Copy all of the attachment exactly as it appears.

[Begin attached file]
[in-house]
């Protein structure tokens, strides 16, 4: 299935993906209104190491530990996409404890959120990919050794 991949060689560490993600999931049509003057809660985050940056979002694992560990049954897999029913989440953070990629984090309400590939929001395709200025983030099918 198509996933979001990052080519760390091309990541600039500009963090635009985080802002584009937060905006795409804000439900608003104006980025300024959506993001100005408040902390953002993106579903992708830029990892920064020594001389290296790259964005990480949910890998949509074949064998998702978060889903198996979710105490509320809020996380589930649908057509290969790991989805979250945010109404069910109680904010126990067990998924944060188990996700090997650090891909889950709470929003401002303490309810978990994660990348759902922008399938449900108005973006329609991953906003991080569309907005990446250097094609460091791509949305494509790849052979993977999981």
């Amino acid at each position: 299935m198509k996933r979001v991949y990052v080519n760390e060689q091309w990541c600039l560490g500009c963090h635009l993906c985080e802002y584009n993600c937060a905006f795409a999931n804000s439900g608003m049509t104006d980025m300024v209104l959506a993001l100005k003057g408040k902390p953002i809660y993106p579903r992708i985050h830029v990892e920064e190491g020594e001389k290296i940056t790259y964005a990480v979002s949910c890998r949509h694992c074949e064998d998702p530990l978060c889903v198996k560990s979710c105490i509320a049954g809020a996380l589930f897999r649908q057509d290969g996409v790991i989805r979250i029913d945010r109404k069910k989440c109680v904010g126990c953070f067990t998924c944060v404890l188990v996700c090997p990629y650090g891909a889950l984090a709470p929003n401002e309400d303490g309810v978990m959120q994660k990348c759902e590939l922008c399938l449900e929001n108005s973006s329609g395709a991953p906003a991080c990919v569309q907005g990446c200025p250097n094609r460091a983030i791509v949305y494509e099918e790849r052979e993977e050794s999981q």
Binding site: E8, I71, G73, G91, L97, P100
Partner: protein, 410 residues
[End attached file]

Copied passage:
[in-house]
């Protein structure tokens, strides 16, 4: 299935993906209104190491530990996409404890959120990919050794 991949060689560490993600999931049509003057809660985050940056979002694992560990049954897999029913989440953070990629984090309400590939929001395709200025983030099918 198509996933979001990052080519760390091309990541600039500009963090635009985080802002584009937060905006795409804000439900608003104006980025300024959506993001100005408040902390953002993106579903992708830029990892920064020594001389290296790259964005990480949910890998949509074949064998998702978060889903198996979710105490509320809020996380589930649908057509290969790991989805979250945010109404069910109680904010126990067990998924944060188990996700090997650090891909889950709470929003401002303490309810978990994660990348759902922008399938449900108005973006329609991953906003991080569309907005990446250097094609460091791509949305494509790849052979993977999981």
């Amino acid at each position: 299935m198509k996933r979001v991949y990052v080519n760390e060689q091309w990541c600039l560490g500009c963090h635009l993906c985080e802002y584009n993600c937060a905006f795409a999931n804000s439900g608003m049509t104006d980025m300024v209104l959506a993001l100005k003057g408040k902390p953002i809660y993106p579903r992708i985050h830029v990892e920064e190491g020594e001389k290296i940056t790259y964005a990480v979002s949910c890998r949509h694992c074949e064998d998702p530990l978060c889903v198996k560990s979710c105490i509320a049954g809020a996380l589930f897999r649908q057509d290969g996409v790991i989805r979250i029913d945010r109404k069910k989440c109680v904010g126990c953070f067990t998924c944060v404890l188990v996700c090997p990629y650090g891909a889950l984090a709470p929003n401002e309400d303490g309810v978990m959120q994660k990348c759902e590939l922008c399938l449900e929001n108005s973006s329609g395709a991953p906003a991080c990919v569309q907005g990446c200025p250097n094609r460091a983030i791509v949305y494509e099918e790849r052979e993977e050794s999981q």
Binding site: E8, I71, G73, G91, L97, P100
Partner: protein, 410 residues